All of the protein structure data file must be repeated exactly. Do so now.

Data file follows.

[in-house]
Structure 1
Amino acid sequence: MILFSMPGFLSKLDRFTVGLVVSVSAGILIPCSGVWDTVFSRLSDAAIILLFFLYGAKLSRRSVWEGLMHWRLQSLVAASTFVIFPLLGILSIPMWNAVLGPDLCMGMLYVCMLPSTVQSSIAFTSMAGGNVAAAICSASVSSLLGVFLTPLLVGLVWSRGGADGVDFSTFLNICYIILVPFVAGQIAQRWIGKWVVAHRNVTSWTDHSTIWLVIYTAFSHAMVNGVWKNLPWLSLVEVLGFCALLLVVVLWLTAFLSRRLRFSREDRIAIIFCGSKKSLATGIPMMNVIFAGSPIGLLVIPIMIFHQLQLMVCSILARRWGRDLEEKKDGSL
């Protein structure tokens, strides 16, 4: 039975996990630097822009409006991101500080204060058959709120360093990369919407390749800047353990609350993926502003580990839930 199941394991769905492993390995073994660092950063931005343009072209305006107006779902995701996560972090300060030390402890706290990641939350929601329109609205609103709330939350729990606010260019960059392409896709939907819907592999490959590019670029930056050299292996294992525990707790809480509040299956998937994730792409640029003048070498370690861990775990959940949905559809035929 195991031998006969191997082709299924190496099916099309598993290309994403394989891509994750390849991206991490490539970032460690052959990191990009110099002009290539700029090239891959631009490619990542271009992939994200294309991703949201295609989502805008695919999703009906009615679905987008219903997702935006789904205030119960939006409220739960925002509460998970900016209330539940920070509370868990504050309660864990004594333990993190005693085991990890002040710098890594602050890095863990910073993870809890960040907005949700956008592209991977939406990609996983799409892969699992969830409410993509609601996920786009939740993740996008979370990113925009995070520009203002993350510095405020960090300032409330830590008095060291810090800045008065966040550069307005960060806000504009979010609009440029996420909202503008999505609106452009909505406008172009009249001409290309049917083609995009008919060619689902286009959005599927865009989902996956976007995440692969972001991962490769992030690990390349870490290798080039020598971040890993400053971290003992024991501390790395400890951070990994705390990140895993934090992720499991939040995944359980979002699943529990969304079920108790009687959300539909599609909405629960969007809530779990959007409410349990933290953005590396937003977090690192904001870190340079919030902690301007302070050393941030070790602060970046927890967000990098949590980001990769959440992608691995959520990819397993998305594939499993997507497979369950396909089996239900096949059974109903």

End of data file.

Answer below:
[in-house]
Structure 1
Amino acid sequence: MILFSMPGFLSKLDRFTVGLVVSVSAGILIPCSGVWDTVFSRLSDAAIILLFFLYGAKLSRRSVWEGLMHWRLQSLVAASTFVIFPLLGILSIPMWNAVLGPDLCMGMLYVCMLPSTVQSSIAFTSMAGGNVAAAICSASVSSLLGVFLTPLLVGLVWSRGGADGVDFSTFLNICYIILVPFVAGQIAQRWIGKWVVAHRNVTSWTDHSTIWLVIYTAFSHAMVNGVWKNLPWLSLVEVLGFCALLLVVVLWLTAFLSRRLRFSREDRIAIIFCGSKKSLATGIPMMNVIFAGSPIGLLVIPIMIFHQLQLMVCSILARRWGRDLEEKKDGSL
């Protein structure tokens, strides 16, 4: 039975996990630097822009409006991101500080204060058959709120360093990369919407390749800047353990609350993926502003580990839930 199941394991769905492993390995073994660092950063931005343009072209305006107006779902995701996560972090300060030390402890706290990641939350929601329109609205609103709330939350729990606010260019960059392409896709939907819907592999490959590019670029930056050299292996294992525990707790809480509040299956998937994730792409640029003048070498370690861990775990959940949905559809035929 195991031998006969191997082709299924190496099916099309598993290309994403394989891509994750390849991206991490490539970032460690052959990191990009110099002009290539700029090239891959631009490619990542271009992939994200294309991703949201295609989502805008695919999703009906009615679905987008219903997702935006789904205030119960939006409220739960925002509460998970900016209330539940920070509370868990504050309660864990004594333990993190005693085991990890002040710098890594602050890095863990910073993870809890960040907005949700956008592209991977939406990609996983799409892969699992969830409410993509609601996920786009939740993740996008979370990113925009995070520009203002993350510095405020960090300032409330830590008095060291810090800045008065966040550069307005960060806000504009979010609009440029996420909202503008999505609106452009909505406008172009009249001409290309049917083609995009008919060619689902286009959005599927865009989902996956976007995440692969972001991962490769992030690990390349870490290798080039020598971040890993400053971290003992024991501390790395400890951070990994705390990140895993934090992720499991939040995944359980979002699943529990969304079920108790009687959300539909599609909405629960969007809530779990959007409410349990933290953005590396937003977090690192904001870190340079919030902690301007302070050393941030070790602060970046927890967000990098949590980001990769959440992608691995959520990819397993998305594939499993997507497979369950396909089996239900096949059974109903």